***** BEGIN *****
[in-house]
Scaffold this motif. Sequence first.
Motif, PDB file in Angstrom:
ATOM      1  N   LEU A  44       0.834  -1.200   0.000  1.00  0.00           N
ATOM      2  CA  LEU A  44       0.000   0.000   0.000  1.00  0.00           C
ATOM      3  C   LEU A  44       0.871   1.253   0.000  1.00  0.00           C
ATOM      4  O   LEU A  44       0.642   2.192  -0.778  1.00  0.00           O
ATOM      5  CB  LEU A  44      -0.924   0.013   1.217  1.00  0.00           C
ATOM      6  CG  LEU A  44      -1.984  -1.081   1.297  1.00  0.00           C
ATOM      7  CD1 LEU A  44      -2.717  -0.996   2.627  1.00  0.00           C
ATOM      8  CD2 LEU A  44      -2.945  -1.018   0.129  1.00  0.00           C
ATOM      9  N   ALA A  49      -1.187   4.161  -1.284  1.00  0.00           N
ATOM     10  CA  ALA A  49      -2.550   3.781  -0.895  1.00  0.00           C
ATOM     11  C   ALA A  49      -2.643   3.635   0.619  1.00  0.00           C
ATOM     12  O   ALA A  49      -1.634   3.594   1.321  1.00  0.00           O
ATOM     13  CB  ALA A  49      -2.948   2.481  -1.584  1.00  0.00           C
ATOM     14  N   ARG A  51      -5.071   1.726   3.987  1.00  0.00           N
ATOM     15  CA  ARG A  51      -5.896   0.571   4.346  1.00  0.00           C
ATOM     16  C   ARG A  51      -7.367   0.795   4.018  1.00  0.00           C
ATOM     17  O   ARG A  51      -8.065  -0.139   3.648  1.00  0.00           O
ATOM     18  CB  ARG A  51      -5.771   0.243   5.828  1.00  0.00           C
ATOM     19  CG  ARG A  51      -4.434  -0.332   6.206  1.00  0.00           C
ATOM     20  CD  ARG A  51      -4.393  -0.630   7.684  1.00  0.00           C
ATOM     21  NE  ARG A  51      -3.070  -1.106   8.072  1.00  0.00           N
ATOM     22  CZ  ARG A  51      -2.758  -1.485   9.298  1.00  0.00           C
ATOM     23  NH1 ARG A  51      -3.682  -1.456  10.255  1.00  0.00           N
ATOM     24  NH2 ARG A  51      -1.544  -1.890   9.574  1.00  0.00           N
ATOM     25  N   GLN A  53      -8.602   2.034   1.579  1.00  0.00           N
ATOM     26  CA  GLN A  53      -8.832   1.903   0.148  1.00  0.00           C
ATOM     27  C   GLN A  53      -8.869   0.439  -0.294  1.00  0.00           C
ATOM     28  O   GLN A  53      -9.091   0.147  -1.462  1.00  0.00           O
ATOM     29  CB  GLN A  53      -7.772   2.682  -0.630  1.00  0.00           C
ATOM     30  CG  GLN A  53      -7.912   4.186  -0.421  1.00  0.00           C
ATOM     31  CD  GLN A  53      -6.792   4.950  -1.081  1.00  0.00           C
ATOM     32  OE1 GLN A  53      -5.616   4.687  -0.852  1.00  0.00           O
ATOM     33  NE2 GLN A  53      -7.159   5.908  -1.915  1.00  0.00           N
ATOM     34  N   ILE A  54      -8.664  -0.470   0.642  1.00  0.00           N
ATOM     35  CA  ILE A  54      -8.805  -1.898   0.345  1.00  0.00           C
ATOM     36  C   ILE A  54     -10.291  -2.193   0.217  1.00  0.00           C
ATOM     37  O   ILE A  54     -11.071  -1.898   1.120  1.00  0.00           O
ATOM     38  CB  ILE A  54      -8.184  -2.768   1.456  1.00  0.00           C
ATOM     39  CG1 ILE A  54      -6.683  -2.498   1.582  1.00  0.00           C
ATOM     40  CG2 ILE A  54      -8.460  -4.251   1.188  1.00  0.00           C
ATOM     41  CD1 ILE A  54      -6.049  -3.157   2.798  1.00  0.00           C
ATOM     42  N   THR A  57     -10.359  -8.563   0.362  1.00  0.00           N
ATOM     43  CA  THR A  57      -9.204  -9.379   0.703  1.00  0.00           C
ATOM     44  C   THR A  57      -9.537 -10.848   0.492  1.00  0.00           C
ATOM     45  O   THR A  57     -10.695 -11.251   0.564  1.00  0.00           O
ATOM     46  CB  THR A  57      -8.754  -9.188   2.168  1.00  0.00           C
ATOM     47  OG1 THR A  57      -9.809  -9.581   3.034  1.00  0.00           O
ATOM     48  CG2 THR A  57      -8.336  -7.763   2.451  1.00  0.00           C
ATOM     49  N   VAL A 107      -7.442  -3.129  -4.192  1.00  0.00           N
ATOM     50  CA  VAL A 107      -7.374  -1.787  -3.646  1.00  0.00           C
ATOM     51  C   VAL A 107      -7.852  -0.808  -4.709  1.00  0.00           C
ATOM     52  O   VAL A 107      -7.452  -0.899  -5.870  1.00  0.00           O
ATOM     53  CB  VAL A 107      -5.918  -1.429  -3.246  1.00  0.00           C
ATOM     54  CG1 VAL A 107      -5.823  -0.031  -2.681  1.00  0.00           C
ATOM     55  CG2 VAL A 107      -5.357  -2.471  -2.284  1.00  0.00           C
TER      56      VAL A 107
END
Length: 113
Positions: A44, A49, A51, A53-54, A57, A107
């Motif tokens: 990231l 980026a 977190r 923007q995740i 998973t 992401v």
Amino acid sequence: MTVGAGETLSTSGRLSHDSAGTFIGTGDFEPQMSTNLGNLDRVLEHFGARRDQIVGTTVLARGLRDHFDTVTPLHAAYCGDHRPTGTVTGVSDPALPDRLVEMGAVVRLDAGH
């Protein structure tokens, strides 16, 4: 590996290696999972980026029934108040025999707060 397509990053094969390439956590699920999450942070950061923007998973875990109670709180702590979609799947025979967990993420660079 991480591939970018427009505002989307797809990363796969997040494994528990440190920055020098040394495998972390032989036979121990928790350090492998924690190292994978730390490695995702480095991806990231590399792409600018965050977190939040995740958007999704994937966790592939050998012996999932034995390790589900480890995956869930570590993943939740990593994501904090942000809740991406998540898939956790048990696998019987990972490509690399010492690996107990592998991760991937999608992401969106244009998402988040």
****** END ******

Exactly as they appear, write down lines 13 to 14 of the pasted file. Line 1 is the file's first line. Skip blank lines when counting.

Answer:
ATOM     10  CA  ALA A  49      -2.550   3.781  -0.895  1.00  0.00           C
ATOM     11  C   ALA A  49      -2.643   3.635   0.619  1.00  0.00           C